Set a schedule and stick to it…most of the time. Having clear guidelines for when to work and when to call it a day helps many remote workers maintain a work-life balance.
Deciding you’ll sit down at your desk and start work at a certain time is one thing. Creating a routine that guides you into the chair is another.
Set ground rules with other people in your home or who share your space when you work.
If you work for an organization, know the policy on break times and take them. If you’re self-employed, give yourself adequate time during the day to walk away from the computer screen and phone. A lunch hour and two 15-minute breaks seem to be the standard for full-time US employees.
Don’t short-change yourself during breaks, especially your lunch hour or meal break.
To the extent that it’s allowed and safe during the pandemic, get out of the house and move your body. Your body needs movement and blood circulation. Plus, the fresh air and natural light will do you good. Ideally, step outside for at least a short while before, during, and after your working hours. This same advice applies to people who work in traditional office settings, too. Leave the building at least once a day during working hours.
If you’re employed by a company or organization that supports your work-from-home setup, request the equipment you need as soon as you start working from home, or within a few days of realizing you need something new.
In an ideal world, remote employees would have not only a dedicated office but also two computers, one for work and one for personal use. It’s more secure for the employer, and it lets you do all your NSFW activities in private.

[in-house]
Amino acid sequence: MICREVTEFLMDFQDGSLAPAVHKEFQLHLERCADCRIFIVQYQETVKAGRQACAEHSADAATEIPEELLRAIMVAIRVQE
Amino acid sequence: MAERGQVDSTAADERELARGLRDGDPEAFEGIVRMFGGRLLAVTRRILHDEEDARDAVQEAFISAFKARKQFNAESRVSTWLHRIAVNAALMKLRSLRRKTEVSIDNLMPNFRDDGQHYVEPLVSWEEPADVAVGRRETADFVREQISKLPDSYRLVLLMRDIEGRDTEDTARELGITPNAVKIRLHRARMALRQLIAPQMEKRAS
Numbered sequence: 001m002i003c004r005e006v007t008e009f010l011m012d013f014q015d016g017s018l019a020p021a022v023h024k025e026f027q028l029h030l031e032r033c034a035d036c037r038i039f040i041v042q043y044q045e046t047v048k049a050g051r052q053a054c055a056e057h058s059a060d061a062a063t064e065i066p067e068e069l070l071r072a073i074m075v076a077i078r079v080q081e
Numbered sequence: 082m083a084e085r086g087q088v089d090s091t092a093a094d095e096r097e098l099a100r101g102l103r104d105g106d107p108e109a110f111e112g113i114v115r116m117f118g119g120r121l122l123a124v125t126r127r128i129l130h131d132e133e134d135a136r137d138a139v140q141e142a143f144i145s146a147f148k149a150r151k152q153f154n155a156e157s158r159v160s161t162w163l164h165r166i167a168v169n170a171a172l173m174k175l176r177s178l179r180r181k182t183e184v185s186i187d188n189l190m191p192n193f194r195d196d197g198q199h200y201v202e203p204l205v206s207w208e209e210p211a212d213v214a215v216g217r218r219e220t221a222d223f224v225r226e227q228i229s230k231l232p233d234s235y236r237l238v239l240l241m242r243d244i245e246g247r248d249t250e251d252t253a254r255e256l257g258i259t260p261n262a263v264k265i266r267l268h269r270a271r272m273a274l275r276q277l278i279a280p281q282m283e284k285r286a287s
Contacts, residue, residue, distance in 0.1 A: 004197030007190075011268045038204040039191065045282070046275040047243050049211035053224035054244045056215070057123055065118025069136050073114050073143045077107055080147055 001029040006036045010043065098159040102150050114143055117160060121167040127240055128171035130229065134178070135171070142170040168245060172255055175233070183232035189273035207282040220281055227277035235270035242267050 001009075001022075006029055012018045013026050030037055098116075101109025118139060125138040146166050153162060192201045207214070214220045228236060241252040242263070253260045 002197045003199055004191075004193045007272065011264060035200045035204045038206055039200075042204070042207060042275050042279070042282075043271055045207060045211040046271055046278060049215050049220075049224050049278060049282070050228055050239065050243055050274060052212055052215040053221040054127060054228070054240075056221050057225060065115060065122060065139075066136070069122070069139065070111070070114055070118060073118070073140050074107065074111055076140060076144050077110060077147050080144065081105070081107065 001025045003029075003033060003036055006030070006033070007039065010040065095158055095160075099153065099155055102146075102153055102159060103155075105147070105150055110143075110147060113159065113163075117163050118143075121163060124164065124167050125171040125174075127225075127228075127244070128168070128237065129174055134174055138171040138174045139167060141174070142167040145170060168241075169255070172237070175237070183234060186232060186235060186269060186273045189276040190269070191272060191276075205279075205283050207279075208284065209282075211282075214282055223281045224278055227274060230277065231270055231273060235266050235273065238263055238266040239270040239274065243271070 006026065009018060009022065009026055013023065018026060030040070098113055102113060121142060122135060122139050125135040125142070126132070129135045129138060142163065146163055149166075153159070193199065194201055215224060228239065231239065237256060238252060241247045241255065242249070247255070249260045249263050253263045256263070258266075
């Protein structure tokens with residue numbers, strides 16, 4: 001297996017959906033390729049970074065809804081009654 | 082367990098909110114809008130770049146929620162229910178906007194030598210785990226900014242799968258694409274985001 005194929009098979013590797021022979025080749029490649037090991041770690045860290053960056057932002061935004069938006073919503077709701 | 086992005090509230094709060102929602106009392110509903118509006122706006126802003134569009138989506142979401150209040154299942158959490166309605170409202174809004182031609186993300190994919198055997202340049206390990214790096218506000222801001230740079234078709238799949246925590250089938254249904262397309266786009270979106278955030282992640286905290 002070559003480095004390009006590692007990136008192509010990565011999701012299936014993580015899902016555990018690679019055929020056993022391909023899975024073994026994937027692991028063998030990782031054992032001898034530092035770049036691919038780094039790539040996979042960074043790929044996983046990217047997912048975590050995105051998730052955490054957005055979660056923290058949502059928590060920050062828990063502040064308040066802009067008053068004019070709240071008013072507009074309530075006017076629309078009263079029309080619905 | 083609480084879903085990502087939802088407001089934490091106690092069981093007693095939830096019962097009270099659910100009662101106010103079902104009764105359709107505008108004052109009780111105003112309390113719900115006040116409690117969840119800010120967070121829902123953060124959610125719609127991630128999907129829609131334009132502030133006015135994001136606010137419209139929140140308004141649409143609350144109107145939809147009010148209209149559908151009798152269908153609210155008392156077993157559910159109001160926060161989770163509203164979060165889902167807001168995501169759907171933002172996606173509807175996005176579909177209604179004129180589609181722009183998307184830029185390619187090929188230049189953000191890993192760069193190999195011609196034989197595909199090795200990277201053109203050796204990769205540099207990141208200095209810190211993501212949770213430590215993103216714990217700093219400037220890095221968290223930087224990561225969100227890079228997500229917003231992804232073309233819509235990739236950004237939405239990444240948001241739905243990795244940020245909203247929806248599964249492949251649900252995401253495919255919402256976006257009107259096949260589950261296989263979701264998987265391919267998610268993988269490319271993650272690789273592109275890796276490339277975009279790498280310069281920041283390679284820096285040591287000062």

Set up a phone number that you only use for calls with colleagues and clients. It doesn’t have to be a landline or a second mobile phone or even require a SIM card. It can be a VoIP service, such as Google Voice or Skype.
*Similar to some of the other tips, having a separate phone number helps you manage your work-life balance.
Use a VPN whenever you’re connected to a network that you don’t control. That includes Wi-Fi at co-working spaces, cafes, libraries, airports, hotels, and so forth. Organizations often have their own VPNs that off-site employees need to access certain servers or websites that store information meant only for internal use. In those cases, you’ll also need to use a VPN at home. It’s a good idea to get into the habit of leaving your VPN connected as often as possible because it’s always safer to have it on than not.
Loneliness, disconnect, and isolation are common problems in remote work life, especially for extroverts. Companies with a remote work culture usually offer ways to socialize. For example, they might have channels in a team messaging app, like Slack, for talking about common interests or organizing meetups for people in the same region.
Certainly, you’ll take part in video conferences and conference calls while working remotely, but it’s a good idea to attend optional meetings sometimes, too. Be sure to speak up during meetings so everyone knows you’re on the call. A simple, “Thanks, everyone. Bye!” at the close goes a long way toward making your presence known.